Since the priesthood requires diligent adherence to a set of legacy rules to prevent another crisis, it’s normal for priestly texts to be pretty tedious in their instructions. The text describing the building of the tabernacle is practically a carbon copy of the instructions previously given.
The repetition is annoying for most readers, and it’s common for an exciting journey through Torah study to grind to a halt here. The minute details in the instructions and subsequent execution of the instructions sounds is like a process doc for building a portable nuclear reactor. And based on how the ark functioned, that’s probably an accurate description.
This OCD-level of detail should be expected from any priestly portions of holy texts because these are the sections where the author(s) can demonstrate that they not only took the critical instructions seriously, but actually executed those instructions exactly. The modern equivalent would look like a set of CAD designs and process instructions for the nuclear reactor, followed by a detailed checklist of how each instruction was carefully heeded, maybe with an accompanying signature from a foreman signing off on every step.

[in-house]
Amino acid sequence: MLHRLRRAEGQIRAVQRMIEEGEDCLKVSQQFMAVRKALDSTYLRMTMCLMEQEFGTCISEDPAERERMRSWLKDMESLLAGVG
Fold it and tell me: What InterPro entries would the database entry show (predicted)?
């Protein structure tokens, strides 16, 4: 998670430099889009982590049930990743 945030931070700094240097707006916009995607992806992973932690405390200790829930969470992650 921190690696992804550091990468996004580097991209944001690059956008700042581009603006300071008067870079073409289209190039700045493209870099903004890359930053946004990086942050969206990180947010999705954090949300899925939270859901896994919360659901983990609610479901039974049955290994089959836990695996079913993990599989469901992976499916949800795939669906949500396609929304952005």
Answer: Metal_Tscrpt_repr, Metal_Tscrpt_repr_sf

An uncontrollable crisis such as famine, infertility, and violent contagion – in other words, total annihilation – is just around the corner in the ancient mind, and priestly matters deal with the control centers of the crises. Before the Semitic alef-bet, these matters were either passed down verbally and suffered decay from a game of telephone, or they were written in a indecipherable languages like Tangut that could only be read by officials. The point wasn’t to democratize the priestly process, but to just write it down so that the priests (or bureaucrats) had a process to follow to avoid certain destruction.